Sometimes we try too hard. It’s possible to try so hard to “work a good program” that we forget to relax and be us. We forget that the world has many things to offer in the way of both material and spiritual sustenance, but when we take the time to look around we see not only opportunities for improvement, but also ways to enjoy ourselves that support our recovery rather than our addictions.
As active alcoholics or other addicts, we were in pursuit of more. In the process of chasing the perfect high, we lost sight of the fact that sometimes more is really less. If we indulge in the things we enjoy until we have been sated, we then have to move on to something bigger in order to get the next thrill. This constant search for more — better, more filling, more intoxicating, more distracting, more stimulating — is one of the bases of addiction, but in recovery, when we settle for less we often enjoy things more because we can look forward to renewed enjoyment the next time.
It’s important to find things that nurture us without going to excess. To begin with, that’s hard to do. We’re uncomfortable in our own skins, and have given up the “medicine” that enabled us to cope with the world we created while using. It’s hard for a newcomer to imagine that there can be much pleasure in watching a sunset, walking in the woods, or spending a quiet hour in conversation with a friend, but these are the things that support our recovery the most – the things that help us slow down and appreciate life for what it is, instead of what we can get out of it.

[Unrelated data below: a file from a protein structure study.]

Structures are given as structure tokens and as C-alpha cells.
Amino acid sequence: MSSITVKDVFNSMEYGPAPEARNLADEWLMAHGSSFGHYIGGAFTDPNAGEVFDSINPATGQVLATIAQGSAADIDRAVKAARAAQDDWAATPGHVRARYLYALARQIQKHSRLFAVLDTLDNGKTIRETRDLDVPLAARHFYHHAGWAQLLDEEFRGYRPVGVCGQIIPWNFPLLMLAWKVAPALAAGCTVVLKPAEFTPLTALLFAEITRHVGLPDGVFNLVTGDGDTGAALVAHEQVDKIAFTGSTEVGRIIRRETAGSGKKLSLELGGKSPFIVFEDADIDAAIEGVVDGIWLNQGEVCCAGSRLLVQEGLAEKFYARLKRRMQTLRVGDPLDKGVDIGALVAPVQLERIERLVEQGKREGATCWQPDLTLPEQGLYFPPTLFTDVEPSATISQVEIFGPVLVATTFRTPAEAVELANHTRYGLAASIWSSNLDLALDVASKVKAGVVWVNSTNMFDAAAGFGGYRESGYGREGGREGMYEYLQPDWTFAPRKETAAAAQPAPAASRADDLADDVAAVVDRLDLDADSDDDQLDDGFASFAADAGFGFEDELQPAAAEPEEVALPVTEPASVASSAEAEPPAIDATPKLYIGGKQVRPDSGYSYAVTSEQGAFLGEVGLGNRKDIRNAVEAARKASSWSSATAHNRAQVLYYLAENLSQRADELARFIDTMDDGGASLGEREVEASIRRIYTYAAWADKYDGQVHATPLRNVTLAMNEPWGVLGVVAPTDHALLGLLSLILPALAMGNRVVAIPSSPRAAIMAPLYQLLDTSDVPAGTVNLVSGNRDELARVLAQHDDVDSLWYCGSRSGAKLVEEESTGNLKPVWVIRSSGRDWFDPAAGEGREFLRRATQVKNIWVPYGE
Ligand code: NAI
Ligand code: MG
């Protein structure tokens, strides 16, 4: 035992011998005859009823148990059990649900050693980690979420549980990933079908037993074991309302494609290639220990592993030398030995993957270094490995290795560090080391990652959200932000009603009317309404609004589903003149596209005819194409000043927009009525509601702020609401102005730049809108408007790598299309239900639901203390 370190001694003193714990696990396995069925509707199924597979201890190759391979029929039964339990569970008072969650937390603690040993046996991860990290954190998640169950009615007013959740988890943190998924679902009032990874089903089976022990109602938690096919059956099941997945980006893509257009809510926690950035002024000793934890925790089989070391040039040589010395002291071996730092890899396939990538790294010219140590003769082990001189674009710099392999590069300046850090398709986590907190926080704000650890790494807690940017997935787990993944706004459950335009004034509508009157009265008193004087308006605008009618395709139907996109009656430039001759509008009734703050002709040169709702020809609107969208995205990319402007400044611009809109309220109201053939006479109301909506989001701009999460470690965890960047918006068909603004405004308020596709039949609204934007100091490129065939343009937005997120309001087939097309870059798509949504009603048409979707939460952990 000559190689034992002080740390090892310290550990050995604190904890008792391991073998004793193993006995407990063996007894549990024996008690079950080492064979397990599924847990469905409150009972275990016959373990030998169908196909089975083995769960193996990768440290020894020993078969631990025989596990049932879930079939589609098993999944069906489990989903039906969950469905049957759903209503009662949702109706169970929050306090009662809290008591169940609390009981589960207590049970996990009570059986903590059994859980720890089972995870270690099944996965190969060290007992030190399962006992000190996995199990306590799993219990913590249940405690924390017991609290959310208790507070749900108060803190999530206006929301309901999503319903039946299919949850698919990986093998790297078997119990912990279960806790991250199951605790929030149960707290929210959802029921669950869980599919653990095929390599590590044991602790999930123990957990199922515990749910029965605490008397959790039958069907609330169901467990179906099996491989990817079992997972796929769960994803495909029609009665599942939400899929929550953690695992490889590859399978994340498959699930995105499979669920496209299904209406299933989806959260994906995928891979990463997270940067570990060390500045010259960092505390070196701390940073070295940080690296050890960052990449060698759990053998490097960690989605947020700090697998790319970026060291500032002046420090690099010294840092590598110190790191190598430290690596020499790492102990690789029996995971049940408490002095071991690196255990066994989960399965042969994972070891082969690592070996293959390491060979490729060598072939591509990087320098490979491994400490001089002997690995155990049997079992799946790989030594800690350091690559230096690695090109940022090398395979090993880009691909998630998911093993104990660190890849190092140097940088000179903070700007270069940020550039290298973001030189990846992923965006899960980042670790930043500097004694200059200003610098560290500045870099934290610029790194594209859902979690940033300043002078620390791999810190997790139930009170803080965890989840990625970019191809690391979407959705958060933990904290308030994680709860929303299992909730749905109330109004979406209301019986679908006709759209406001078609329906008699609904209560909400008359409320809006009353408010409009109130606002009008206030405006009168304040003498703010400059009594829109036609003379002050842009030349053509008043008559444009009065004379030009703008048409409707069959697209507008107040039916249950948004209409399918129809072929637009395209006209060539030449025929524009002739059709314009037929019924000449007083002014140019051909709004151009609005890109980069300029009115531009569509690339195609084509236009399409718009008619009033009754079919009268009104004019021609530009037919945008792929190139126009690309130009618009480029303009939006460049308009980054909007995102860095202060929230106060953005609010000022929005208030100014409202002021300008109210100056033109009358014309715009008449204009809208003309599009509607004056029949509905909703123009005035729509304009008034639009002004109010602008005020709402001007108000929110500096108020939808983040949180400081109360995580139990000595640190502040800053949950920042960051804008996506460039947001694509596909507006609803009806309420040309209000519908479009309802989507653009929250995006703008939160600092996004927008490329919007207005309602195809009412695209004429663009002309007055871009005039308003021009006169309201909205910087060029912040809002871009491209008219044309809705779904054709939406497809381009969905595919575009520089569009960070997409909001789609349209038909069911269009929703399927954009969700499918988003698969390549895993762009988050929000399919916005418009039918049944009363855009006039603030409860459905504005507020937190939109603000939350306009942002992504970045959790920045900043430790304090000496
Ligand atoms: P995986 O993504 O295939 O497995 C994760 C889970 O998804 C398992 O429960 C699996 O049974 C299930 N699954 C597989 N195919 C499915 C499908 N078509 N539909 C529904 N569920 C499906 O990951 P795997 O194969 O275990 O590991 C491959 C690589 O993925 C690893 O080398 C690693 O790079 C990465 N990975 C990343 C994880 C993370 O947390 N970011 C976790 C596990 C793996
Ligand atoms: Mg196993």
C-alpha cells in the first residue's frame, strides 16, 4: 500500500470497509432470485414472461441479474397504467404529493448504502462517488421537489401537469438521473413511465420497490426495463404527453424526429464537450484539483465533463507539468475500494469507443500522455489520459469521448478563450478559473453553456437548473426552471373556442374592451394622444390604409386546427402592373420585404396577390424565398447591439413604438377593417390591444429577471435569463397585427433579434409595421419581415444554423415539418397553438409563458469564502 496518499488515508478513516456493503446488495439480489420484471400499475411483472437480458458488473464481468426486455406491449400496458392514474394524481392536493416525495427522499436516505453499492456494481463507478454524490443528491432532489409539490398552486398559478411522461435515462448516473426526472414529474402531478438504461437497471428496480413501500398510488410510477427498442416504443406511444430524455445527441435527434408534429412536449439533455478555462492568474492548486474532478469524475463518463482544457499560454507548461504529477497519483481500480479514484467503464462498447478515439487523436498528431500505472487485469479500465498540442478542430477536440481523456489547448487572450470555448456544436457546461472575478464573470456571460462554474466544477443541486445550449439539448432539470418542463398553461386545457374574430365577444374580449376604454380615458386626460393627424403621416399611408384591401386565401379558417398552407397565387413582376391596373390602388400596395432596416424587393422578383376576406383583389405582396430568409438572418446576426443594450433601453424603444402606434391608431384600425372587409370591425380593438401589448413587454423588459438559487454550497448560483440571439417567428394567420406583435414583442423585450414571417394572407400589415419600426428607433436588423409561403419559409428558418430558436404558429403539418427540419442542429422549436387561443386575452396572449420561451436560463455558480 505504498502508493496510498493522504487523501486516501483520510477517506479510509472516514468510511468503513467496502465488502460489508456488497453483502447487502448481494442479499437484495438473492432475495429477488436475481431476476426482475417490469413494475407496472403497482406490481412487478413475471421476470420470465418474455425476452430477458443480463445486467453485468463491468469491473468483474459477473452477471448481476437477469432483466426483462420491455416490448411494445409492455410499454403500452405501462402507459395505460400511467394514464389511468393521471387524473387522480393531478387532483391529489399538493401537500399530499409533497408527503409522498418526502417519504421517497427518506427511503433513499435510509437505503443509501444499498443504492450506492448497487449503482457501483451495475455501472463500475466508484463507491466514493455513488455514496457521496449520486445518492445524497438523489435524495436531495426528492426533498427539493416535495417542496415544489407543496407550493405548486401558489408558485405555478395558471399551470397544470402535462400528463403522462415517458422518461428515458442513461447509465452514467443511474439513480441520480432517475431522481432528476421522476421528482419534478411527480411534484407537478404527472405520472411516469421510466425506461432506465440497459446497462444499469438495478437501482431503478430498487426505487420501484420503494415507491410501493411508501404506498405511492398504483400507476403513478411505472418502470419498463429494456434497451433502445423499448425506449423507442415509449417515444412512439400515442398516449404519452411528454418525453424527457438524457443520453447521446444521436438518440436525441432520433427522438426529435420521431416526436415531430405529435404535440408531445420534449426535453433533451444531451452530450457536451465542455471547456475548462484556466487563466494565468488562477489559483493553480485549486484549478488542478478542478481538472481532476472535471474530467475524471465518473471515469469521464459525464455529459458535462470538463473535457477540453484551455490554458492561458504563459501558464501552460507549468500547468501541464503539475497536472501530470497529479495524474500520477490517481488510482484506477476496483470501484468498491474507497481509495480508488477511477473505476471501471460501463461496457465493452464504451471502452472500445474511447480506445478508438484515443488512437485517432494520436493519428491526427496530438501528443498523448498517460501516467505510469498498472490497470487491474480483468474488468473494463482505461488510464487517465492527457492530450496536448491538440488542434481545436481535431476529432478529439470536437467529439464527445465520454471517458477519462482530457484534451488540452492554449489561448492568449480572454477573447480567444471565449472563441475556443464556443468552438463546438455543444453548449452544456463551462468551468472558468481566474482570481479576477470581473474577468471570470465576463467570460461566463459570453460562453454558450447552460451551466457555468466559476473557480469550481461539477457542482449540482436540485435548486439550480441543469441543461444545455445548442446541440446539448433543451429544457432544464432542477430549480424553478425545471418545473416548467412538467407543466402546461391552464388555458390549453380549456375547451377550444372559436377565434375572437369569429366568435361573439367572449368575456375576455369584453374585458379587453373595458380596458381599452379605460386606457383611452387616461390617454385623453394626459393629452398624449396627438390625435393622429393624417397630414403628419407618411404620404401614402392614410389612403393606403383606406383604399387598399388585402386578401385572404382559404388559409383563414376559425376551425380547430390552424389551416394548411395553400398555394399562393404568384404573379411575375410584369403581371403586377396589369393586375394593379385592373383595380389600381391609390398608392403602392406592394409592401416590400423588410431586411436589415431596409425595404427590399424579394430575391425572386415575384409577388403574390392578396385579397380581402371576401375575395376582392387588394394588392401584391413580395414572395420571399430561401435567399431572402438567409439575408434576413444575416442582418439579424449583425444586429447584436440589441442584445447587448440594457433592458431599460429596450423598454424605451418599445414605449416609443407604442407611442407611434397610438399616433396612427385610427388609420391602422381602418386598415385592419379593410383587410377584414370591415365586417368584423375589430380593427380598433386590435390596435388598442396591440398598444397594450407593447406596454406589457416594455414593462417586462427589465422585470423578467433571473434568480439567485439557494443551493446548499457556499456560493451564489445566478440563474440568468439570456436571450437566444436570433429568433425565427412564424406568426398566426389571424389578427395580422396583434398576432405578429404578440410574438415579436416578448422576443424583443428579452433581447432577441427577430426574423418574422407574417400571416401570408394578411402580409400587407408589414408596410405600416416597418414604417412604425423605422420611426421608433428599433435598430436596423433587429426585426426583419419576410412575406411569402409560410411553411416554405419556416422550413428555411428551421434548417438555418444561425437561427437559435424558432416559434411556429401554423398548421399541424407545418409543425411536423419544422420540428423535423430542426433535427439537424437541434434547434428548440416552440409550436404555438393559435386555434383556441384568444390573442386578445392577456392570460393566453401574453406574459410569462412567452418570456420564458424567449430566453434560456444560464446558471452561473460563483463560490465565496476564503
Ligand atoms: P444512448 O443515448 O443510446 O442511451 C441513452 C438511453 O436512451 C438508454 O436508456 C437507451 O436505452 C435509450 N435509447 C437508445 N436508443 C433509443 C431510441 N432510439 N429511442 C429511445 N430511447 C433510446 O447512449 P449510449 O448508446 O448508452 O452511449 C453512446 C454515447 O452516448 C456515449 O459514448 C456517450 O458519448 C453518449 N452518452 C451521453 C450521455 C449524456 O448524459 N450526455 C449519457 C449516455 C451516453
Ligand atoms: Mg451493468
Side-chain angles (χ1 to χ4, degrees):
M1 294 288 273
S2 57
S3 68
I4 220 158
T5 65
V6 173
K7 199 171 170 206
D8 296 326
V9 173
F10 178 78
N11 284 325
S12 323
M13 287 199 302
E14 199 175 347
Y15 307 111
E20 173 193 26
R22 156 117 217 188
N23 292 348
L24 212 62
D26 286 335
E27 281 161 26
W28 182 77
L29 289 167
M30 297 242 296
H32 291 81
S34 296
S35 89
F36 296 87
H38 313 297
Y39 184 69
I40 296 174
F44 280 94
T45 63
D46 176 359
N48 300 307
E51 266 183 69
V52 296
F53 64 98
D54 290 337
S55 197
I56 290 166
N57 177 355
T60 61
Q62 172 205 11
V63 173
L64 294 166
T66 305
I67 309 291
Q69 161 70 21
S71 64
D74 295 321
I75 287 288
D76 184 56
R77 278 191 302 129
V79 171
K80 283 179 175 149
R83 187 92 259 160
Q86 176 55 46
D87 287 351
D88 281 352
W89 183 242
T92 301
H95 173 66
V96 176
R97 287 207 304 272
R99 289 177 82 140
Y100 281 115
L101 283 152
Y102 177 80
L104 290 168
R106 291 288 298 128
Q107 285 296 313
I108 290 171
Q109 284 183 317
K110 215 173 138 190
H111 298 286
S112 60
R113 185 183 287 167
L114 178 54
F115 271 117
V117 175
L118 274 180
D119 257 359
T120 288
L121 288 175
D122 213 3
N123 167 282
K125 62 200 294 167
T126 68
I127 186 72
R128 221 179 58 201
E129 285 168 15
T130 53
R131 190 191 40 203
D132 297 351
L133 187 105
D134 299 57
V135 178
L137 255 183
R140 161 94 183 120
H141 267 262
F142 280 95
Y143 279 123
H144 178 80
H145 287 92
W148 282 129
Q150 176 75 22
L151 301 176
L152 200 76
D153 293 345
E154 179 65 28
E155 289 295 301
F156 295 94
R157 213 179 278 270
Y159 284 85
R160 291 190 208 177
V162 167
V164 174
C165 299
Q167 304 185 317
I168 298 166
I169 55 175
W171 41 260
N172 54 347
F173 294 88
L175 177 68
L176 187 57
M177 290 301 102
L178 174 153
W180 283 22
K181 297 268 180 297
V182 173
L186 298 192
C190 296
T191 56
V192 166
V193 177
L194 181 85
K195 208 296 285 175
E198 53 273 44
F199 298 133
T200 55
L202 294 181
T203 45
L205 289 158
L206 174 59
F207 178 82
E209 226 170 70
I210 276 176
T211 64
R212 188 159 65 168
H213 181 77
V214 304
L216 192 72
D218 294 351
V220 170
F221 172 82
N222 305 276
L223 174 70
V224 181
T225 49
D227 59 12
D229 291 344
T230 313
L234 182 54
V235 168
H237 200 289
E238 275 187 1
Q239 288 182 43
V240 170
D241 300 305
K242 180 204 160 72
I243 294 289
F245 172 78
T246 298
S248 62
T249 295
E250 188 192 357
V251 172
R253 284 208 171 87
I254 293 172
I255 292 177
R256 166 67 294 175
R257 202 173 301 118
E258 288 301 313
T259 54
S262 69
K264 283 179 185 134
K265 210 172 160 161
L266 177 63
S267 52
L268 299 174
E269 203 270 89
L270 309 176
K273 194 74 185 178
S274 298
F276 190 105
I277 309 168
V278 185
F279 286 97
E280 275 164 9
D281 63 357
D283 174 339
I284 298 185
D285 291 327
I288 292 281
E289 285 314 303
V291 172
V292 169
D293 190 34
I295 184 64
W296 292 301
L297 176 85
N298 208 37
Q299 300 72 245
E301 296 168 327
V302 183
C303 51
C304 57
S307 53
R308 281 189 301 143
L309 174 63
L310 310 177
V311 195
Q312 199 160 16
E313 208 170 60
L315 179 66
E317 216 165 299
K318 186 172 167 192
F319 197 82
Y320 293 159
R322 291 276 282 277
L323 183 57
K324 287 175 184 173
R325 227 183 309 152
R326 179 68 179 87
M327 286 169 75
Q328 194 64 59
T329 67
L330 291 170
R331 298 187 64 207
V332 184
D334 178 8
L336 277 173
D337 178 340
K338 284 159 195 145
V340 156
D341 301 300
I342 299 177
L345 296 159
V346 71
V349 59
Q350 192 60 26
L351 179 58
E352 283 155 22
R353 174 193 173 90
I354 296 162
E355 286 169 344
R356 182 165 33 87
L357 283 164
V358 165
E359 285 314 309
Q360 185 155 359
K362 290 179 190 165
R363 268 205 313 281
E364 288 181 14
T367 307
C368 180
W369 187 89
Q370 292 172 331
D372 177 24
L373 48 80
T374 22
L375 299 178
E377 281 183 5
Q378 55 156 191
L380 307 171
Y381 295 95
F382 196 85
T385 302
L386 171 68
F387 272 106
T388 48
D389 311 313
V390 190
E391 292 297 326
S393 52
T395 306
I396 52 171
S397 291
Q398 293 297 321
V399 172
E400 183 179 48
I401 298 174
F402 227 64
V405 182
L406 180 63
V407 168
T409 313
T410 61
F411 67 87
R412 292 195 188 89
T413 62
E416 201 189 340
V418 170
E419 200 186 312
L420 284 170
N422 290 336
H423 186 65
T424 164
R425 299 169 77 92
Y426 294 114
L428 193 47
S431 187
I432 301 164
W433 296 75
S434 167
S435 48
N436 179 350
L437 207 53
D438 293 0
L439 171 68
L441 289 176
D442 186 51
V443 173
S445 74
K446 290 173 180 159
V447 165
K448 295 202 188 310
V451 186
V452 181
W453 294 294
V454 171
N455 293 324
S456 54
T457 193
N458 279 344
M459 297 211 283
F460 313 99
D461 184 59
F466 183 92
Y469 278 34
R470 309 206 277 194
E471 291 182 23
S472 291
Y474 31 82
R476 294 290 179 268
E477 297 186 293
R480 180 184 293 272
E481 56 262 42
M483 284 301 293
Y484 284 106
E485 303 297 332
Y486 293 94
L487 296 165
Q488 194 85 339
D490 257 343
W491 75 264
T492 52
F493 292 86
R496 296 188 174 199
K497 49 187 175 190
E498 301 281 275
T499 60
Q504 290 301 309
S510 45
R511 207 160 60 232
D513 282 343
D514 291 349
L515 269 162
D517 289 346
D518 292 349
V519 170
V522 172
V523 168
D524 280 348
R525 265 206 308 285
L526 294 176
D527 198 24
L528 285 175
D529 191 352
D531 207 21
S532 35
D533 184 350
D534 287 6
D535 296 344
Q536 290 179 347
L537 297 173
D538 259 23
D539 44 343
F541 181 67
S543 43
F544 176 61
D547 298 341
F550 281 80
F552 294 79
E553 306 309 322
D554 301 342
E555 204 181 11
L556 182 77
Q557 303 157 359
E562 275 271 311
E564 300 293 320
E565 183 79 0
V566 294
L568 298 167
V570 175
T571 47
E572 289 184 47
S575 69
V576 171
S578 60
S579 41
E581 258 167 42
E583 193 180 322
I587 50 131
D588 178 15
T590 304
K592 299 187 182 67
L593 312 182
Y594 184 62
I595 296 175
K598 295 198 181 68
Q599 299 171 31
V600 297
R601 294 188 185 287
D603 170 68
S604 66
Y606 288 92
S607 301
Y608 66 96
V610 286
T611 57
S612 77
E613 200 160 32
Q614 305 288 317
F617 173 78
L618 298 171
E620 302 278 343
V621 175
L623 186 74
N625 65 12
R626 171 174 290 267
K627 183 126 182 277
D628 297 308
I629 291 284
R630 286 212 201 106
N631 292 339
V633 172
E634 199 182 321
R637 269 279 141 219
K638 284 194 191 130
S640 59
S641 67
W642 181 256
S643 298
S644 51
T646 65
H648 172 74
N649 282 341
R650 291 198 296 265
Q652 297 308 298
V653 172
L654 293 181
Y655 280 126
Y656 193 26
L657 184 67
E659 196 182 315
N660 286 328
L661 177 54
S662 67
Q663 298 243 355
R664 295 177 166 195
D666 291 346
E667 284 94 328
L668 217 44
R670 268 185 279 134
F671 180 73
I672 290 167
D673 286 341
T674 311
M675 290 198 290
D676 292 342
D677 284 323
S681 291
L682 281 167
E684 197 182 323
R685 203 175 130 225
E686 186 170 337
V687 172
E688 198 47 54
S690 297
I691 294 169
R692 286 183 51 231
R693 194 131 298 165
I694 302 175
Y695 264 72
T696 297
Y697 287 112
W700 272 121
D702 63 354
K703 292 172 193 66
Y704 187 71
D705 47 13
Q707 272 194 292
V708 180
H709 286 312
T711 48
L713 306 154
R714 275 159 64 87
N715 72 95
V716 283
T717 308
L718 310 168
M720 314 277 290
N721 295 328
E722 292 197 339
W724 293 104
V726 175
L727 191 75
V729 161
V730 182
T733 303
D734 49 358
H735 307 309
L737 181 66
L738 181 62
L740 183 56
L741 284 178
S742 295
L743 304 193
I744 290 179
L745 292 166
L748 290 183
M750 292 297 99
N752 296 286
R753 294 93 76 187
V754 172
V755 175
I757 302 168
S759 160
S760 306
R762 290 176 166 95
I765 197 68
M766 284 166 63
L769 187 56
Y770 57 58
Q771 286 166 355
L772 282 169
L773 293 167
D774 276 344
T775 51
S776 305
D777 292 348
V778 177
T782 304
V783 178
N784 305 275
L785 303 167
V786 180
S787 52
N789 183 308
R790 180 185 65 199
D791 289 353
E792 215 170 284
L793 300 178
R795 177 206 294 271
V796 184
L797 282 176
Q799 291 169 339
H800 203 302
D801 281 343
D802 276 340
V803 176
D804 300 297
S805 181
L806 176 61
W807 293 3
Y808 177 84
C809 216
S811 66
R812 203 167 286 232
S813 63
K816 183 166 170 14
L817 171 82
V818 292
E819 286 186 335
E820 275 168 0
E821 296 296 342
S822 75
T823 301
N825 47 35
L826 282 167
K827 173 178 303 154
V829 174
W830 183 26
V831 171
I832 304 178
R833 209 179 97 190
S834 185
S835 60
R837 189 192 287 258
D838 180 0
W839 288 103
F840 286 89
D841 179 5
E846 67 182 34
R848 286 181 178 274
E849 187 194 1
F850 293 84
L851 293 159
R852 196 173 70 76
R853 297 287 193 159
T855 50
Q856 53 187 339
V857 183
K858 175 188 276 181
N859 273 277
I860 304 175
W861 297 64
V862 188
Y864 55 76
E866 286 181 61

To enjoy life, we must become intimate with life, not simply glance at it while passing through in pursuit of the next big thrill. In our 12-step groups we talk about “spirituality.” The sorts of activity mentioned here are the kinds that support our spirit – not spirit in the metaphysical or religious sense, but the human spirit that lives in us all. We addicts start out addicted to excitement and accustomed to stress. In order for us to slow down and begin to live at a normal pace, we need practice. Looking for the pleasure in small things instead of the big bang is one of the ways we learn those skills. We can find in these things the thrills and joy that many of us knew as children, before life got so darned hard. And those of us who were born into hardship can learn to experience the simple things at last.